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Schumann being: madness, music and marriage

A new biography of Robert Schumann by Poetry on the Underground’s Judith Chernaik has sent Gerald Isaaman in search of Alexa

13 December, 2018 — By Gerald Isaaman

German composer Robert Schumann, aged 39

POETS going back centuries were the first reporters of the past. And in some ways that remains true amid today’s outpouring of fake news thanks to Poetry on the Underground, launched more than 30 years ago and still maintained by Judith Chernaik.

The joy of words read by those squeezed into London’s rush-hour tube trains has hopefully helped subdue the stink of anger felt by the concern over the increasing knife deaths in the capital, let alone the fears of Brexit or crashing out of the EU.

Yet there is one other calming influence in our tumultuous world – and that surely must be music of all kinds which, thanks to Alexa and earphone devices you can switch on at any time, whether it be from the classics, musicals, pop or, like me, the joys of jazz.

And thanks to Judith’s latest enterprise, a much-praised biography of the genius of the German composer Robert Schumann, Alexa has given me an introduction to the romantic magic of his music.

More than that Judith has been able to study at her home in Mansfield Road, Hampstead, unpublished archive material that reveals new information on his controversial life, in particular his sexual escapades, including becoming the father of an illegitimate child.

She also sheds new light on Schumann’s courtship of his wife, Clara, the brilliant pianist who performed his works, despite the monstrous objections of her father, and the mystery too of the illness from which he died in July, 1856, aged just 47.

Judith Chernaik. Photo: Andy Aitcheson

If music makes the world go round, then Judith is a supreme example of genuine understanding of – and devotion to – the arts since she is a New Yorker who made her home in London long ago but, in fact, learned to play the piano in her native New York.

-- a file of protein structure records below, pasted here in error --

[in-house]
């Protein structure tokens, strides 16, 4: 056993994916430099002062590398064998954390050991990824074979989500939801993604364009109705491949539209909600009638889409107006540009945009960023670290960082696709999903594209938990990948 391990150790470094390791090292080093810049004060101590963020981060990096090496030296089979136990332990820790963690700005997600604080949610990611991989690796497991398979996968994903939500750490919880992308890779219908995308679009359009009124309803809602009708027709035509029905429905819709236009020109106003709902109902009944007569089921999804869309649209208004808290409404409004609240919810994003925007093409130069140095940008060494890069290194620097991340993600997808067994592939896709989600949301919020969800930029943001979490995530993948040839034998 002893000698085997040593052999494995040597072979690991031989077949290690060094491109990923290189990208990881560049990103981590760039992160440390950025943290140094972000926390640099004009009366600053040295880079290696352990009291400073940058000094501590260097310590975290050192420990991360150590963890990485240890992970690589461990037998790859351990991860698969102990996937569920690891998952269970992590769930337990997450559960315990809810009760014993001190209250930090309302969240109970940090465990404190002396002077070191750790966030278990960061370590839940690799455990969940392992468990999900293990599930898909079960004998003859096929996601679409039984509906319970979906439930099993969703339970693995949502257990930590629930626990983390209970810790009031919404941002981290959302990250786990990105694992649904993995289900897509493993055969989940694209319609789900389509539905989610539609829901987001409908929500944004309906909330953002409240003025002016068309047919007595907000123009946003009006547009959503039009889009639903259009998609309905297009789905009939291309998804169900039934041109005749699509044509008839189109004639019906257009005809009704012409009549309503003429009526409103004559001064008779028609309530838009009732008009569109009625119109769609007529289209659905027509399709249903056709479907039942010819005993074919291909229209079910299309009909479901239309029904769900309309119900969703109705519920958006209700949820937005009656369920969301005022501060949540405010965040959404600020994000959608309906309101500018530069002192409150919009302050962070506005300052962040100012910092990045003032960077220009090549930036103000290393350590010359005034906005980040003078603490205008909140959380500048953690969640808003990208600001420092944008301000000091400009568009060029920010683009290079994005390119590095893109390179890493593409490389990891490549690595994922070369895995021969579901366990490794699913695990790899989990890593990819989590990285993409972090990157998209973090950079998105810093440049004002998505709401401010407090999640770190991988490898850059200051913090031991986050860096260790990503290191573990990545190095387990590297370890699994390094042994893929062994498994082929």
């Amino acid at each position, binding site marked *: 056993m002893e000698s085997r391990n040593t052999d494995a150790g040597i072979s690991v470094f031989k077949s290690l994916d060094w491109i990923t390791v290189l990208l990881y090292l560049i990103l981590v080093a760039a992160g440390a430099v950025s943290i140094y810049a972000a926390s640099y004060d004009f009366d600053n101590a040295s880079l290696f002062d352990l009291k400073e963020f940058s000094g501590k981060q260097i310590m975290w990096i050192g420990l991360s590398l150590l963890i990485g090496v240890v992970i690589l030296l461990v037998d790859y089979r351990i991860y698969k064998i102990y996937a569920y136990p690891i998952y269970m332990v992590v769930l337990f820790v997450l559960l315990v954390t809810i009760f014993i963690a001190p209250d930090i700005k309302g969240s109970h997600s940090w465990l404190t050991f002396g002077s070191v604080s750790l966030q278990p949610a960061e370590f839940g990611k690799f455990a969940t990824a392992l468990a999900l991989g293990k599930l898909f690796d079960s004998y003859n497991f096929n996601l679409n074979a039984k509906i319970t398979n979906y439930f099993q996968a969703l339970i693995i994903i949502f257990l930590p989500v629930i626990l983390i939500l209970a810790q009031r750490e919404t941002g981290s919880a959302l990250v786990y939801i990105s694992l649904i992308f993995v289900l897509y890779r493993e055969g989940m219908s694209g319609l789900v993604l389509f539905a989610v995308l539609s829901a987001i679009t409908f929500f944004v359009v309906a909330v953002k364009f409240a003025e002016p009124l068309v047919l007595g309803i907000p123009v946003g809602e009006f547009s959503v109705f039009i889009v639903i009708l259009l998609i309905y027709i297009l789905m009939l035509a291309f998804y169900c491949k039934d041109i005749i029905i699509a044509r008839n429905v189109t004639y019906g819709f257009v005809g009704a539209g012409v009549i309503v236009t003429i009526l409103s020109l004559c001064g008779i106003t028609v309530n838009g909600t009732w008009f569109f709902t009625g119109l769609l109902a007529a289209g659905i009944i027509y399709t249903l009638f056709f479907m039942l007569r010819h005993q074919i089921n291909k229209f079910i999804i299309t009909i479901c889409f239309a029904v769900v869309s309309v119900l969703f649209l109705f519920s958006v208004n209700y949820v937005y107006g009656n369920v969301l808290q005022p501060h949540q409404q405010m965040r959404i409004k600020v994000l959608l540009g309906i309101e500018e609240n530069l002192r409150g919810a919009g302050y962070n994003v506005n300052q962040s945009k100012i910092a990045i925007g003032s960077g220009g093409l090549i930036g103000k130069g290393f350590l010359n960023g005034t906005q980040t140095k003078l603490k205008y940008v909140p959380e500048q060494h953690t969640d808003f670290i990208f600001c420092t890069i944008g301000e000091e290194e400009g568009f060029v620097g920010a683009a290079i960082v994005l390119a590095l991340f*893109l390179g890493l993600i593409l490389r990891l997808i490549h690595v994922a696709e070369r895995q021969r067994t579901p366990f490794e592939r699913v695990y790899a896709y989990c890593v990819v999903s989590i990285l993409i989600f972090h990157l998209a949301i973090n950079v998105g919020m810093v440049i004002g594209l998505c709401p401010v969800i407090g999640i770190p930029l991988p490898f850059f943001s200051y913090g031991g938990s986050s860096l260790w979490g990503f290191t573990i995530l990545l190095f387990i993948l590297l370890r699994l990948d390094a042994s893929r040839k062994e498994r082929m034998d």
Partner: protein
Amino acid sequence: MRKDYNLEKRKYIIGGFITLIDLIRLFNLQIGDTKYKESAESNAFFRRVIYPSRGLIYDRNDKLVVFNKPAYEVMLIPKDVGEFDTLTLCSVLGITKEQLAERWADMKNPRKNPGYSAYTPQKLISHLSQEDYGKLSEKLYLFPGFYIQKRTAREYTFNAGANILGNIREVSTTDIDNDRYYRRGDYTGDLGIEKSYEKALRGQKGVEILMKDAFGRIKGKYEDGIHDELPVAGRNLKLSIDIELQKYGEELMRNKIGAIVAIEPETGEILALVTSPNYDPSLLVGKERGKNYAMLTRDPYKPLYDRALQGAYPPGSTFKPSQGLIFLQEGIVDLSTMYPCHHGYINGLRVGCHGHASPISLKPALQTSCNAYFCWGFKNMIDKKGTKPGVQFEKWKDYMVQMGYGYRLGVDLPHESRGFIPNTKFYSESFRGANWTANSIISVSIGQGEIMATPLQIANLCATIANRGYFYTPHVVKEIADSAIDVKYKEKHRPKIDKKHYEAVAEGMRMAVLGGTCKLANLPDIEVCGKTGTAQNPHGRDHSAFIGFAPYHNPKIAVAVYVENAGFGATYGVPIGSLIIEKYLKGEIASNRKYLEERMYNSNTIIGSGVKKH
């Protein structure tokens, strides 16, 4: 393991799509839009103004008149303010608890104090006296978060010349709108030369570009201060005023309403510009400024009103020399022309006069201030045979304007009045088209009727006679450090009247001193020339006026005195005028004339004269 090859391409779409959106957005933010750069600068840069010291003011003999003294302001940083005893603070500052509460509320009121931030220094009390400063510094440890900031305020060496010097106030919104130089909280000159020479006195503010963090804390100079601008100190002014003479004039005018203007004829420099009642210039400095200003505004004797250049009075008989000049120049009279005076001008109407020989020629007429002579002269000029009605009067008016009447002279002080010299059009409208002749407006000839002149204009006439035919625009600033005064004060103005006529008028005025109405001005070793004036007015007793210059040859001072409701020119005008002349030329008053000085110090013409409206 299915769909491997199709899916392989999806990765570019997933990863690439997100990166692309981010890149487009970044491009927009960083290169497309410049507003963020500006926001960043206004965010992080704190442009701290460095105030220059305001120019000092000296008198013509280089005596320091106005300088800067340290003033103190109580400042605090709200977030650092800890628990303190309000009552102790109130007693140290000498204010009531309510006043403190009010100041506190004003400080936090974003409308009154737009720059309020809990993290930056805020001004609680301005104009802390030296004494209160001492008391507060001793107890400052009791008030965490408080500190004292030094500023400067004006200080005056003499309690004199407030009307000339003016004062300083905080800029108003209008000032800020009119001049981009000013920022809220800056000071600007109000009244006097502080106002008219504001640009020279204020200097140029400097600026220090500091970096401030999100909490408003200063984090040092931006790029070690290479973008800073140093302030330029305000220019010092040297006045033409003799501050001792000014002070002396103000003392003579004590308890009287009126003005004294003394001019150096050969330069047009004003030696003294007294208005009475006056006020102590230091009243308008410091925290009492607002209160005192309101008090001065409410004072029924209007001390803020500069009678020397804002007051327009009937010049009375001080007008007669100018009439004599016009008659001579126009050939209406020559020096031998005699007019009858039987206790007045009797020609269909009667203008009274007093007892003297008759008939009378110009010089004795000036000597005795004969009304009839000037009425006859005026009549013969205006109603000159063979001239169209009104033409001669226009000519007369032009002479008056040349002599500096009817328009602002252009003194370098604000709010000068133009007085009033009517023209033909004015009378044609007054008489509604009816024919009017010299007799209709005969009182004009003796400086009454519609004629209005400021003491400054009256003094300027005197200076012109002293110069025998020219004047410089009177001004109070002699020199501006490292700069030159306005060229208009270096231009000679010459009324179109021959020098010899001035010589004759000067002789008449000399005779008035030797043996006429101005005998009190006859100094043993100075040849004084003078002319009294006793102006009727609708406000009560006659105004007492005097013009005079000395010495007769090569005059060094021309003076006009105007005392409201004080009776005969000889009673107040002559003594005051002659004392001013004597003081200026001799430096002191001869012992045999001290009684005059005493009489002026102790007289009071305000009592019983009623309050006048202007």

“My French piano teacher, Mme Honore, had me work my way first through Schumann’s Papillons, which I disliked intensely, then through his Piano Concerto, which I loved,” she told me.

“And I actually performed this for a very small audience at my music school, in Brooklyn, with another teacher playing the orchestral part on a second piano. I must have been about 14 at the time.”

Other composers became favourites as Judith grew up. She adored Tchaikovsky, Rachmaninov and even Irving Berlin during her teens.

“Now it’s Bach I turn to most often, also Beethoven’s and Mozart’s string quartets,” she says. “No, I don’t listen to Schumann every day. I do play his piano works, or rather struggle to play them quite often.”

She was originally commissioned to write a Schumann biography 30 years ago and went to Zwickau, then in East Germany, where she was overwhelmed by the mass of material available in the Schumann Museum there, all needing to be transcribed.

Finally, four years ago, she returned to the mammoth task.

“The tragic history of Schumann’s madness and death, and Clara Schumann’s response to his music and to their marriage, haunted me for many years,” Judith explains.

“My new book about Schumann was commissioned four years ago and I’ve been working at it steadily ever since.

“Schumann has not been ignored by musicologists. On the contrary, there is a huge amount of literature on his life and music.

“But much of it is full of misconceptions, including theories that he was ‘mother-fixated’ or secretly homosexual, as well as manic-depressive.”

Judith provides the key answers in her deep and delving biography that brings new life and new insight into a great composer you can listen to any day now, thanks to new technology and dear Alexa.

Do read it.

Schumann: The Faces and the Masks. By Judith Chernaik, Faber & Faber, £20

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